Friends Aren’t What They Used to Be: A Facebook Folly

When my daughter — who just crossed over into teenager territory — asked me how many friends I had, I was reminded of how things have changed.  Surely I have less friends, now that I am in my fourth decade. Yet by her definition I actually have more friends than ever. Just a second ago I confirmed that I was friends with someone who I didn’t even know. Friendship is a wonderful thing.  I plan to “un-friend” her just as I have “un-friended” many others who have entered my social network online and who, just like with my “real” friends, I really don’t need to know that they’re running to Starbucks to get a latte or that their dog just got his shots. By the way, I have been de-friended a few times online and it doesn’t feel so good.

I am a communicator at heart, and as the publisher of PR News, I advocate for honest, open and intelligent dialogue with the public.  But I am hearing from PR people that Facebook in particular has been both a blessing and curse. Corporate PR Directors are now friends with their direct reports. Agency heads are friending clients.  A media relations director at a nonprofit told me she just defriended her whole staff on Facebook because she “just didn’t want to see it all.”

So, it’s open for debate whether Facebook is good for us as business people. We know it’s not good for (or to) nursing moms, yet we know it’s fun and usually harmless to connect with old friends and classmates. And for industry colleagues, it’s great to have them as friends now, since it’s harder to connect in person these days.

But I would advise to think twice next time an employee of yours asks to be friends with you on Facebook.  Your relationship will take on a different nuance. Which brings me back to my daughter who asked if I wanted to be “friends” with her on Facebook.  We agreed that would not be a good idea, as I just don’t want to know it all. But she did give me her password to check in on her time and again.

What has been your “work” experience with Facebook? It’s time for some friendly discourse…

– Diane Schwartz

  • Meghan

    I recommend, if a co-worker or someone kind of “iffy” tries to friend you on Facebook and you want to be nice, approve but only offer them access to your “limited profile”. You can choose what they get to see instead of the other way around.

    At my first job, a new hire was announced and I immediately Facebooked her– she had very unprofessional pictures visible to the public (I wasn’t even her friend and I could see it). I sent my friend in her dept a message to kindly say “ooo I saw this stuff, you may want to remove” because I didn’t want her to get in trouble.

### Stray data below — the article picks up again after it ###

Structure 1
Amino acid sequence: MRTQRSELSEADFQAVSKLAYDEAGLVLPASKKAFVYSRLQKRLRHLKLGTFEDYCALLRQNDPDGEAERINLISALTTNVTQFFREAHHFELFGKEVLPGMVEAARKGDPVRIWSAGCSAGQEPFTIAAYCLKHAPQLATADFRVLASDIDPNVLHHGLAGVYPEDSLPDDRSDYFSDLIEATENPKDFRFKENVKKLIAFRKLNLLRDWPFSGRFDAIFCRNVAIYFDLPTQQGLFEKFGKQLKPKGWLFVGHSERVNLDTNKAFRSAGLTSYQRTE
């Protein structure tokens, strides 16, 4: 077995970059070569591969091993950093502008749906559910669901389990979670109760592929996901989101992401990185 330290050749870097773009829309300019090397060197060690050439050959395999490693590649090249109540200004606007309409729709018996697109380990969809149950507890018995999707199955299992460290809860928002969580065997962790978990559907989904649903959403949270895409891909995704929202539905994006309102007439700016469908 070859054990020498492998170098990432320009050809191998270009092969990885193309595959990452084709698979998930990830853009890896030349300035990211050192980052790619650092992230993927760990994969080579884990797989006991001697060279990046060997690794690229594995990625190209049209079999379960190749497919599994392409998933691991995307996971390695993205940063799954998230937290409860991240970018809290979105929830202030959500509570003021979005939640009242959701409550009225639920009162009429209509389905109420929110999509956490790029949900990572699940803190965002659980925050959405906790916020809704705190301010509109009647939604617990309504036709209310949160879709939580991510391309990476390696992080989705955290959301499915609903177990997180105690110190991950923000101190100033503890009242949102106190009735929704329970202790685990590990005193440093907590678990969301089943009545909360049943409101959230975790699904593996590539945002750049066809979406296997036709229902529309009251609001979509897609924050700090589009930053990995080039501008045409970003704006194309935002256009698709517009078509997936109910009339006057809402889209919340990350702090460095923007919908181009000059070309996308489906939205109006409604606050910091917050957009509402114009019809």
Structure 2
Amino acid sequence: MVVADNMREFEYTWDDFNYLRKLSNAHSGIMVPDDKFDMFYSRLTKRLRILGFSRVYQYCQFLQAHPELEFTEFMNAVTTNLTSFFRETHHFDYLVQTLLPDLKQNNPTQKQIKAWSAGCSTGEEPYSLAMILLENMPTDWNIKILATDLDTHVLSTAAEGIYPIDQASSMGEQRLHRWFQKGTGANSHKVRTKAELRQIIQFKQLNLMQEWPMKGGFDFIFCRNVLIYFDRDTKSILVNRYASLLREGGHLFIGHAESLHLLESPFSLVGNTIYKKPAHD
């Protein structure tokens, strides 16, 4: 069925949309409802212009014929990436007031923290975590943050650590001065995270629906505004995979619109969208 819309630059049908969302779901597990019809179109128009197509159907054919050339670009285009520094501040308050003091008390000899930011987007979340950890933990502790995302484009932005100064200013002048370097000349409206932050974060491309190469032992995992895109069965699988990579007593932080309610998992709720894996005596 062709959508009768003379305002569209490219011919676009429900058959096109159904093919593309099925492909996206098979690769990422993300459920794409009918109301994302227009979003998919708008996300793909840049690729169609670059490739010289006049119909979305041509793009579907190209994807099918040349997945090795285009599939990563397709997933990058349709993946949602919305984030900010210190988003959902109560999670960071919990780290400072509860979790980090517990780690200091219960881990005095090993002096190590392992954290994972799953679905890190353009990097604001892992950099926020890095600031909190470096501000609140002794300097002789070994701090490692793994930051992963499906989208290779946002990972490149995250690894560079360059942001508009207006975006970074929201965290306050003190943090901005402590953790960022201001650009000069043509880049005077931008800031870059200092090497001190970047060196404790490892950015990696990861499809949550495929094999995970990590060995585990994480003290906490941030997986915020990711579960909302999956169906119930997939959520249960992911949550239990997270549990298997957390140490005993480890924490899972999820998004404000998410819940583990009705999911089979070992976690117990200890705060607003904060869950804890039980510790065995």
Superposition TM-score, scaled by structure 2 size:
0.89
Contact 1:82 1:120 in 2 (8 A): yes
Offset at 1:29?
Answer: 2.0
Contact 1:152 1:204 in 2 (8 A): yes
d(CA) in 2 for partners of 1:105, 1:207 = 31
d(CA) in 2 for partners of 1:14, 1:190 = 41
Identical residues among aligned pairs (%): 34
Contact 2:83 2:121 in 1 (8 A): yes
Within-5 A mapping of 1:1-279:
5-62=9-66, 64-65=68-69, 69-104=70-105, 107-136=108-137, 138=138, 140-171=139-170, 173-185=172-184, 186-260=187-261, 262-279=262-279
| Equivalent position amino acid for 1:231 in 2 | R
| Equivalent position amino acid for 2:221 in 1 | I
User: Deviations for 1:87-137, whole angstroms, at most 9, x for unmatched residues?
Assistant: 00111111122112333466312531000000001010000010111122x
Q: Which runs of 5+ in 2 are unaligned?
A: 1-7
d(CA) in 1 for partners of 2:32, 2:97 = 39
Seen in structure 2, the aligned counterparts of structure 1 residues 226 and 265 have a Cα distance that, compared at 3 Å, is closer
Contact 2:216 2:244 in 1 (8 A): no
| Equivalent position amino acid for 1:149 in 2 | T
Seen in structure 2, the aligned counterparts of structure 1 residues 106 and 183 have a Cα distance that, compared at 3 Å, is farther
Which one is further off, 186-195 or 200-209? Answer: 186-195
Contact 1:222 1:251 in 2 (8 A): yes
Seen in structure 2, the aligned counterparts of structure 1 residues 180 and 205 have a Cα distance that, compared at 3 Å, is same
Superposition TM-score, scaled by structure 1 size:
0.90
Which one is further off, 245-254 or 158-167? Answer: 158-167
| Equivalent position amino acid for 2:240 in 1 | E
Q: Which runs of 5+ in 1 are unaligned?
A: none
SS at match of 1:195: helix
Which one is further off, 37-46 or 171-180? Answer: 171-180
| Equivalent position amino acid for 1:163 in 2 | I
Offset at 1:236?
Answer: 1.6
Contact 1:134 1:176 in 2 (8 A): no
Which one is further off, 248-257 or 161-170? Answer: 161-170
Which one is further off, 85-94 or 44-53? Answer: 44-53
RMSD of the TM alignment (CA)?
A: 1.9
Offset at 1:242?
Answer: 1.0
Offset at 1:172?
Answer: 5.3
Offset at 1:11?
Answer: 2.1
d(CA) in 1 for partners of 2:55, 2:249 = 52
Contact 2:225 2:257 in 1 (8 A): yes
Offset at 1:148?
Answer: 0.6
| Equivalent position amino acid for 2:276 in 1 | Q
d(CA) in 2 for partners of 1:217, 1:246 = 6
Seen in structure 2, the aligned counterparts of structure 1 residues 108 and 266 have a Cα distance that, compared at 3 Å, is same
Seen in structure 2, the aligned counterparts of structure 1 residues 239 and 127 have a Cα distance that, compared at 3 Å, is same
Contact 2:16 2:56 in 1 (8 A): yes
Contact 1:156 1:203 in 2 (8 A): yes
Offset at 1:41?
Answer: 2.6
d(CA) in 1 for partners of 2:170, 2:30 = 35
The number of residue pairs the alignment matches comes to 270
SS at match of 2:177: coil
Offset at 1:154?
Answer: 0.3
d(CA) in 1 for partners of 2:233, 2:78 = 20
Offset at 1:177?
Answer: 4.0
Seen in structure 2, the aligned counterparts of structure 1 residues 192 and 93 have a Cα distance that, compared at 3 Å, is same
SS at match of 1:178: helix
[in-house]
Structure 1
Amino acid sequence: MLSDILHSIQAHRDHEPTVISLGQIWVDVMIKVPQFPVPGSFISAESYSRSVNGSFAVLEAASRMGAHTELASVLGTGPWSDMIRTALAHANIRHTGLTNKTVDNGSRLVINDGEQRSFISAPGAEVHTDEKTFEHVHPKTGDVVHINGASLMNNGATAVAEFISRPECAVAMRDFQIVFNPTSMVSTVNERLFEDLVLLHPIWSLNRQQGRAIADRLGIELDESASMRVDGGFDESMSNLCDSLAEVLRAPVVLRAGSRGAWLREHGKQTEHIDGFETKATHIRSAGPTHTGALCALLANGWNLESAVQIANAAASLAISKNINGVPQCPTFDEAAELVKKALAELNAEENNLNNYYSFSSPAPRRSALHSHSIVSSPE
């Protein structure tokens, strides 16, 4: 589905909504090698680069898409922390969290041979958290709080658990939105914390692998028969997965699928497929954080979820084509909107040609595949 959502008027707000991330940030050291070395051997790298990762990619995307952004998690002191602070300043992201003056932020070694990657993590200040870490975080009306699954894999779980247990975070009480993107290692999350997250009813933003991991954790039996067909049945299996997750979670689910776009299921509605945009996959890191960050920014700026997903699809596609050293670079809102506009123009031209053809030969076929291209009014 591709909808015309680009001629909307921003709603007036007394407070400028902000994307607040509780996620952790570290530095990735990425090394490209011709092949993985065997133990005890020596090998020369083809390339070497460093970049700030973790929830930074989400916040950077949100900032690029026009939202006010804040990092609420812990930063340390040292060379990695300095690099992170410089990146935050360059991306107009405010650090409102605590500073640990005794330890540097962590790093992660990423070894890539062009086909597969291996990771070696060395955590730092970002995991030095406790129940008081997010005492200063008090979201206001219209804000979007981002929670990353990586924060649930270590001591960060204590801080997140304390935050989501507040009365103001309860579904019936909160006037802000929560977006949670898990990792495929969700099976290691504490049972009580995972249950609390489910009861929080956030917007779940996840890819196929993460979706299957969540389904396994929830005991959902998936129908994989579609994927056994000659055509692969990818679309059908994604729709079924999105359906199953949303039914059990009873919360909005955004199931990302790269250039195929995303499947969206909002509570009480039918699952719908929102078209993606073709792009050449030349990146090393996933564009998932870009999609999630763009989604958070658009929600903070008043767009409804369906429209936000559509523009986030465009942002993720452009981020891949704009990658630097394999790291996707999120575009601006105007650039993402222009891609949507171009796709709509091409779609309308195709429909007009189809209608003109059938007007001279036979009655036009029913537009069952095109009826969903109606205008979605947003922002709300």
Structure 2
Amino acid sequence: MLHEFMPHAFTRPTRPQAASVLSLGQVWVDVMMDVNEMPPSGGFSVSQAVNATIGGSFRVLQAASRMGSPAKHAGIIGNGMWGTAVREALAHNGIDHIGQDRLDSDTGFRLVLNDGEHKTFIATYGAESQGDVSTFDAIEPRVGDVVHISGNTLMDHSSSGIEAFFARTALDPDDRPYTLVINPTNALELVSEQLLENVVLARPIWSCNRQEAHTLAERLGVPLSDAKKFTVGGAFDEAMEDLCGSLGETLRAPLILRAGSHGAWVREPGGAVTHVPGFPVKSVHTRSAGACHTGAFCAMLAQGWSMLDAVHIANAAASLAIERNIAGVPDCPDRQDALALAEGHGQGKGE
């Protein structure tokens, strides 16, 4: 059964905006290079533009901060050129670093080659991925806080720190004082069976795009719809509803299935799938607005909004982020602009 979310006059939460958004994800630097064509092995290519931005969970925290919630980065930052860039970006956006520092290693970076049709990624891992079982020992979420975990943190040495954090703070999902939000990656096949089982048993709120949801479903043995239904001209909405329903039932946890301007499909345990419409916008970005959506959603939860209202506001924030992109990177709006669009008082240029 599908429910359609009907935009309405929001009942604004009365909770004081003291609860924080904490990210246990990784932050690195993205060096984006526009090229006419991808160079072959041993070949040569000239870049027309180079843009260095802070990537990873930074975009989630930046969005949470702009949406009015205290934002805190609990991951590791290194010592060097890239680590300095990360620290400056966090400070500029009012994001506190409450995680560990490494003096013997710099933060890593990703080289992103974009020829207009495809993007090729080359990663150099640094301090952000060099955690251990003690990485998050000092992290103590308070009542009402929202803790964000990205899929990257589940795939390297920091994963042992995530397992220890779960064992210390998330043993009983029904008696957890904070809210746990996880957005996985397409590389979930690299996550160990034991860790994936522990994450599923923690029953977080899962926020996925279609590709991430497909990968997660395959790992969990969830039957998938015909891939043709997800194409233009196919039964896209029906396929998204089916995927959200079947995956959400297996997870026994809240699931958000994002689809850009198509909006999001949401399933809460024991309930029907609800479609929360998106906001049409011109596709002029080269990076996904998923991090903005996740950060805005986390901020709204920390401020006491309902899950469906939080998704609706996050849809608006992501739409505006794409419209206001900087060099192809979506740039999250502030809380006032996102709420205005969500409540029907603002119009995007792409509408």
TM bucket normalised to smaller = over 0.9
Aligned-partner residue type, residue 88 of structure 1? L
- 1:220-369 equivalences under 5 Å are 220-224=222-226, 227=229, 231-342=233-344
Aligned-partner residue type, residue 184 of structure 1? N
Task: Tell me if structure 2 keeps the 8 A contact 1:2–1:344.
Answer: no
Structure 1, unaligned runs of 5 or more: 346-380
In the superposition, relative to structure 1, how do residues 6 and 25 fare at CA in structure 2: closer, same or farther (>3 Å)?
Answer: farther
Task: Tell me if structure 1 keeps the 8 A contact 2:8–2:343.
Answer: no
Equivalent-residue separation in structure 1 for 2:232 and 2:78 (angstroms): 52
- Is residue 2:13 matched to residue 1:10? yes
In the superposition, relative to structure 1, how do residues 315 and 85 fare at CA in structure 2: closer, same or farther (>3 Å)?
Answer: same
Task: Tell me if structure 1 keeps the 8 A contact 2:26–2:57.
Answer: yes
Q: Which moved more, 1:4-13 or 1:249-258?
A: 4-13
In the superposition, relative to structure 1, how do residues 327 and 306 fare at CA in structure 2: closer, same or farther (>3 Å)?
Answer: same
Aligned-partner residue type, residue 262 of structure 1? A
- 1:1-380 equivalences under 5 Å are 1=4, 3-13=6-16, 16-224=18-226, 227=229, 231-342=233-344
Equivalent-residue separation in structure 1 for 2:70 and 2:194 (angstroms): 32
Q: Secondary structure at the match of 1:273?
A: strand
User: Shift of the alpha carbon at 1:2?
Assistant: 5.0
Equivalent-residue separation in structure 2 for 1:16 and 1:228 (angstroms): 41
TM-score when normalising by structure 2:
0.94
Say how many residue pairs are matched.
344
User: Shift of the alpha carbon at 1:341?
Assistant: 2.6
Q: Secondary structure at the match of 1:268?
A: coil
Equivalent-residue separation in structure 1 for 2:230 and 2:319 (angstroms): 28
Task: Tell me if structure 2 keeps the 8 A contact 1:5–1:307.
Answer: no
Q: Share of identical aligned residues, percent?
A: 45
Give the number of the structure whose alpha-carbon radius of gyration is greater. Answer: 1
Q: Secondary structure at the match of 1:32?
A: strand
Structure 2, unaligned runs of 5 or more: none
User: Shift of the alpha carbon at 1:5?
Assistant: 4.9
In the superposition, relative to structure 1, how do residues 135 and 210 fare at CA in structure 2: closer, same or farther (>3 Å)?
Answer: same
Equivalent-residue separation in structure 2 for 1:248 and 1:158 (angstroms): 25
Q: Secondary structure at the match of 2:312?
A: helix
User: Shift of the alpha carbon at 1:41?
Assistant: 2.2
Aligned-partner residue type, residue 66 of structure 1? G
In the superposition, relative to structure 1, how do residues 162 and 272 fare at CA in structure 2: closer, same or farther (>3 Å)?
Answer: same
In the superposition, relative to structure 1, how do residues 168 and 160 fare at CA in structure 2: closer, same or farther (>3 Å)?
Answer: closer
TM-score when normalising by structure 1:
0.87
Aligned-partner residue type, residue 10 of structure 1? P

People are looking, though, so we should always be aware!

  • Whitney

    The more friends the better. You only have to pay attention to the ones that are interesting. You can also add the Top Friends application to organize who you really want to focus on and show people who you consider closest to you.

  • diane schwartz

    These are great points. I’m noticing more people are organizing their “friends” into groups which is a nice way of differentiating relationship levels.
    Thanks for sharing.

  • Daniel Durazo

    Perhaps I don’t see the point here.

    While facebook has the potential to take down the walls separating traditionally formal relationships, this can in fact only happen if BOTH friends constantly post the mundane (or not so mundane) details of their lives while pouring over the status updates of others.

    If you rarely post or read facebook, there is no issue. It’s also a non-issue if you are a self-editor and only read the updates about people you truly are interested in.


    Daniel Durazo

  • Sheila Graham

    I think it is better to be cautious and keep only those that you would actually be “friends” with in real life as “friends” on Facebook. I’m on Facebook mostly to share pictures of my children and keep connected with family who live overseas. I have recently become Facebook “friends” with three work colleagues who also have children – but we talk all the time at work about them anyways, so this saves me giving them updates or emailing them pics. I am not, and do not intend to be, “friends” with clients or work supervisors. And because my Facebook focus is my kids, my security is pretty tight. This isn’t junior high anymore and it actually isn’t about the number of “friends” you have!

  • matthew

    Depending on how you use Facebox (as I like to call it) it can be both a blessing and a curse. Professionals need to be aware of their online reputation and how to manage it. If you are posting sloppy drunk photos from the weekend and you have zero privacy settings you are probably unaware of your online reputation. Social networking and social media is changing the way we ‘know’ one another. For professionals it is important to be aware of these trends and the possible downsides. It is also important to build a positive online reputation as this can translate into the office.